Friday, October 26, 2007

Chypres series 7: The Chypres that Time Forgot

If you're new to Perfume Shrine's Chypre Series, please refer to the following basic articles:
What ARE "chypre perfumes"?
What are the aesthetics of chypre fragrances?
What's the history and zeitgeist of "chypre" evolution?

There are some chypre fragrances that got sidetracked for various reasons, none of which is the fault of their actual scent. Either their heyday ended in an abrupt change in the public's sensibilities or they fell out of production because of a deal that got terminated, or alternatively they became so low profile and obscure that they didn't pique the interest of the general public anymore. Notwithstanding that chance that they got reformulated beyond recognition. Whatever the reason, today's choices are great fodder for rediscoveries, much like a wild safari in the virtual jungle.

 Deneuve by Catherine Deneuve

The jewel of the crown is the magnificent, transcedental chypre that was named and devised by none other than the perfumista par excellence, Catherine Deneuve. Her well established love of perfume blossomed into a creation she could call her own; first launched via an agreement with Avon for the US market (which might come as a surprise to some). However, according to her own admission in Elle magazine in 1994, that agreement fell through and the production stalled, maybe because greens were not so popular anumore, making Deneuve a sought after wonder of the online auctions even since.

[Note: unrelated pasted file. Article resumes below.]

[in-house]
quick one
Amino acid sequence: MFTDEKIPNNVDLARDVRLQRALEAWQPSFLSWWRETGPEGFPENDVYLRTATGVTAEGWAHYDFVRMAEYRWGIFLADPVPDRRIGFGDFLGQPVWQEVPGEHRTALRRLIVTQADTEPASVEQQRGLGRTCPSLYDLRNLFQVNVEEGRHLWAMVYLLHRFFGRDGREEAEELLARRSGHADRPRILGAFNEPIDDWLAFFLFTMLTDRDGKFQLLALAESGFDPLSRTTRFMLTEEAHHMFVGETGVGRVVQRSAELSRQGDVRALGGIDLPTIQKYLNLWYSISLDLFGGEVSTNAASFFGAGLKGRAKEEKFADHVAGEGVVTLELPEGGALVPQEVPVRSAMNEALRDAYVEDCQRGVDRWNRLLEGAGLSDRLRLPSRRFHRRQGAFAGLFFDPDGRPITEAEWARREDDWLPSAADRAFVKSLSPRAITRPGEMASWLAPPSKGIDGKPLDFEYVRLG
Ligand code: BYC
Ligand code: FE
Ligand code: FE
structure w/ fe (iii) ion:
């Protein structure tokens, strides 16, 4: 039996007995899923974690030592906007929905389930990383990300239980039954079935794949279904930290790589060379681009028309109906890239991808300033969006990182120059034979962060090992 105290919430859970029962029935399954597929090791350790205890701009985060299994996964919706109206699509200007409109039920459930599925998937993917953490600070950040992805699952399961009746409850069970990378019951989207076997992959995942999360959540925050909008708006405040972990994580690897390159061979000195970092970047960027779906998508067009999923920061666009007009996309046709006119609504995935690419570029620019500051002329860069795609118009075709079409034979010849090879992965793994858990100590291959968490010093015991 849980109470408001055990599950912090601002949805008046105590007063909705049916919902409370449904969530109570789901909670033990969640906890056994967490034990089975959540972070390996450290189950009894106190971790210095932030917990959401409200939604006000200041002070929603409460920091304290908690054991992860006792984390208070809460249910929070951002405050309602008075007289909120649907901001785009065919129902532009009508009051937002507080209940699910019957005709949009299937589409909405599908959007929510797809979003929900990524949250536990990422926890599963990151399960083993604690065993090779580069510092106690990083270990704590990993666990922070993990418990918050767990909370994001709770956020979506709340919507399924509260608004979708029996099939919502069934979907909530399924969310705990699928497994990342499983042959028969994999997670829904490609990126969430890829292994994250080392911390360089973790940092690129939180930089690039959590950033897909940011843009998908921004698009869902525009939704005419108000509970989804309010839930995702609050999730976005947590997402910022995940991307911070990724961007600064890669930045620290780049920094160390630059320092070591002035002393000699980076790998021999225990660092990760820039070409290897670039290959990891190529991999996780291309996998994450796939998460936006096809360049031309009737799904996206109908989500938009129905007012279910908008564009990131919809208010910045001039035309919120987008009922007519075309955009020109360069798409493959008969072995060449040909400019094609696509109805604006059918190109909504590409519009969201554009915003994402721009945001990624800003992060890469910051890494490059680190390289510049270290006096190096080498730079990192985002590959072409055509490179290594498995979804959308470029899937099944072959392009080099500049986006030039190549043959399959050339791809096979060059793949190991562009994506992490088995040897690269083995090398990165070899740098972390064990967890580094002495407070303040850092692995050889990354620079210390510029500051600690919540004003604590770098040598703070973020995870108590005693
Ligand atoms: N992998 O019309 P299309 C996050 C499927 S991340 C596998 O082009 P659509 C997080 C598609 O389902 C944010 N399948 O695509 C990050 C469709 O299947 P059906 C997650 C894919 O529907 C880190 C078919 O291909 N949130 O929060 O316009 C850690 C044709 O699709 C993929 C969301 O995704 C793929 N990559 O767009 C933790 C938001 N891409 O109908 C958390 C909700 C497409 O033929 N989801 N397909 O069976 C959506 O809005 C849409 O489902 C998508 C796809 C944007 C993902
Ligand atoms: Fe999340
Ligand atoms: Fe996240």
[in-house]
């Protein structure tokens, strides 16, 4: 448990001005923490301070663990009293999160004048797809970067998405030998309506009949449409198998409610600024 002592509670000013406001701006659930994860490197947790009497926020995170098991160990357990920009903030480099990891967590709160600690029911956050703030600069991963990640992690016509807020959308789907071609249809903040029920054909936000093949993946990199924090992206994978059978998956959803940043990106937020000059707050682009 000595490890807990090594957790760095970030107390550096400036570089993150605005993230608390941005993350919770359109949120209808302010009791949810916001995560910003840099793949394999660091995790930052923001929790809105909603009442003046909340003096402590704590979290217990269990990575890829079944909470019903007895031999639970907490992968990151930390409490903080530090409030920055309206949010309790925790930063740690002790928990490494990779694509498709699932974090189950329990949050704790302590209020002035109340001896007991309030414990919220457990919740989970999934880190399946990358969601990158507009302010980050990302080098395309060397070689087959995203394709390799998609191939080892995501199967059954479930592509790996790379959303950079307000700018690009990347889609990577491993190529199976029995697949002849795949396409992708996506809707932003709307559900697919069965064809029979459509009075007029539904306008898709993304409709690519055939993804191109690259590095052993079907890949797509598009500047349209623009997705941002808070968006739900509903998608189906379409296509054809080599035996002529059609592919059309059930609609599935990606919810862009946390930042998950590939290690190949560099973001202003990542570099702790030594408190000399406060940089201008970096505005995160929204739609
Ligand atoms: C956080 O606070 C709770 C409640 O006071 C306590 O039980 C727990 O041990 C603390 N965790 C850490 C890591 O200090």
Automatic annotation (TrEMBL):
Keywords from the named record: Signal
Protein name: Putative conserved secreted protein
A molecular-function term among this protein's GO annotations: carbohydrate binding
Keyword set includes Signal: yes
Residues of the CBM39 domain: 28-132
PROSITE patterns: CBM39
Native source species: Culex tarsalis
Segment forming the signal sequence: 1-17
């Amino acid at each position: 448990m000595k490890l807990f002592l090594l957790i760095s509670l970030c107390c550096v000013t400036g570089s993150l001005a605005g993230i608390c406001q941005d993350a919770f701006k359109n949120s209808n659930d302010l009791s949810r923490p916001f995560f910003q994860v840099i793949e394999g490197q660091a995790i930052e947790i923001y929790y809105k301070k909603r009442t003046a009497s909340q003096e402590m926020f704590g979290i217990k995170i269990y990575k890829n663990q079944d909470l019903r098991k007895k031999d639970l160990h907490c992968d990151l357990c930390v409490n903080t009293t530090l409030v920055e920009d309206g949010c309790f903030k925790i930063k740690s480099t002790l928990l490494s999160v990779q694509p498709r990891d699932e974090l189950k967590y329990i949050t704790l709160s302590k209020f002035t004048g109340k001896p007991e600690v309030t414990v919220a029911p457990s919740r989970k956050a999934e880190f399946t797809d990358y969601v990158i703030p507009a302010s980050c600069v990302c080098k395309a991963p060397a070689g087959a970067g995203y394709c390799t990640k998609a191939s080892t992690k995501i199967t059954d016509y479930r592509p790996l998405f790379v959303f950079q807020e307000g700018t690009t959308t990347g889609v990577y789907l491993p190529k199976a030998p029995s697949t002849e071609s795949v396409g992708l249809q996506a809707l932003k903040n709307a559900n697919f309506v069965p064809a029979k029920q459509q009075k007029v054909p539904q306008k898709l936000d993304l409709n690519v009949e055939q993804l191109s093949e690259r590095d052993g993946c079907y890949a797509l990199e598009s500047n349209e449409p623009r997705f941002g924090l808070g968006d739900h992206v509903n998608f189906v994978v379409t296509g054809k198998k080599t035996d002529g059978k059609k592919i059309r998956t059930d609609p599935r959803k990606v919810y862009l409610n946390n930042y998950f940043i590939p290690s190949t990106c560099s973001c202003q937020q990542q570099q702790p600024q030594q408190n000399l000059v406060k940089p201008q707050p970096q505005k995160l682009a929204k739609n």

She had personally been involved in its creation in France in 1986, "like a child in front of a magical toy", smelling hundreds of ingredients and combinations, eliminating (she hinted that the team creating it didn't really know what to do), testing the mods up till she settled for the final three ones. And then, on a shooting trip to Italy, she came up with the winning choice that materialised her vision: an "open" perfume, something that would be trully feminine, something classical and beautiful like a great piece of music, smelling like entering a garden which has an indefinable aroma. She wanted emotion, mystery, perhaps a bit of the Orient mixed in for good measure. {translated from quotes on French Marie Claire 1989}

I was moved by the brave sizlling top of green that combined intense galbanum with naturally eugenol-rich spicy basil, only to be awed upon coming across the lushness of the floral heart that spoke of warm smelling bouquets that rest on a mossy, sensual base that has a touch of the leathery animalic that is to be experienced in the drydown of classic chypre Miss Dior. It even came in a dusting powder which is so gloriously decadent and old-fashioned that I am stumped why it hasn't been featured in one of those highly successful commercially guides of how to become the perfect bombshell or something.